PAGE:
You seem to suggest that orthodoxy of something inevitably implies monopoly on the horizons of interpretations possible on that particular something. That is a stretch. Orthodoxy usually means just the established way of understanding or doing something [that can degenerate into a monopoly, I grant you, but not necessarily]. Not that the common way of doing things is right, just that you have to acknowledge and start with it to be able to change it. Without understanding what the orthodoxy or tradition on something is how could you even begin to think and rebel against it?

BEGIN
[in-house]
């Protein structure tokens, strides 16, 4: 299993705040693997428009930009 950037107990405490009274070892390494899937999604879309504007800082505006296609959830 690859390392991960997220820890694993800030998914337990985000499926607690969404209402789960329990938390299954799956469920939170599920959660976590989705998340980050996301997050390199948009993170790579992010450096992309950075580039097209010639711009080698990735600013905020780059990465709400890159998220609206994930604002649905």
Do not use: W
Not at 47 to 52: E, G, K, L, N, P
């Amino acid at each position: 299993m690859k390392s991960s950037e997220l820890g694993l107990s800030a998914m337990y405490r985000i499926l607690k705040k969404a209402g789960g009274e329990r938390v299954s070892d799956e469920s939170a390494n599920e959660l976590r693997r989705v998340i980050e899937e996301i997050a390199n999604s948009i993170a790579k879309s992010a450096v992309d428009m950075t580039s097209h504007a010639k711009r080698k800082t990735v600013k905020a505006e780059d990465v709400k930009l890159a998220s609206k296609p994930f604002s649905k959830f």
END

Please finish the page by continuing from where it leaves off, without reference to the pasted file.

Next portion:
Orthodoxy makes discourse and communication possible. Every word has its orthodoxy of meanings and connotations. You wouldn't be able to make yourself understood to your readers without starting from a common, established way of writing, reading and interpreting your text. You wouldn't even be able to think without established meanings of words. In order to be able to challenge the orthodoxy of some concept for example you have to rely in your affirmations on the orthodoxy of other concepts. Orthodoxy is the foundation on which liberty from some orthodoxies is possible.
One should fight any monopolistic orthodoxy for freedom and liberty but that fight can only be possible by using as weapons [of thinking] non-monopolistic orthodoxies [words]. Monopoly is the true enemy of liberty, orthodoxy is the ground on which both monopoly and liberty are possible.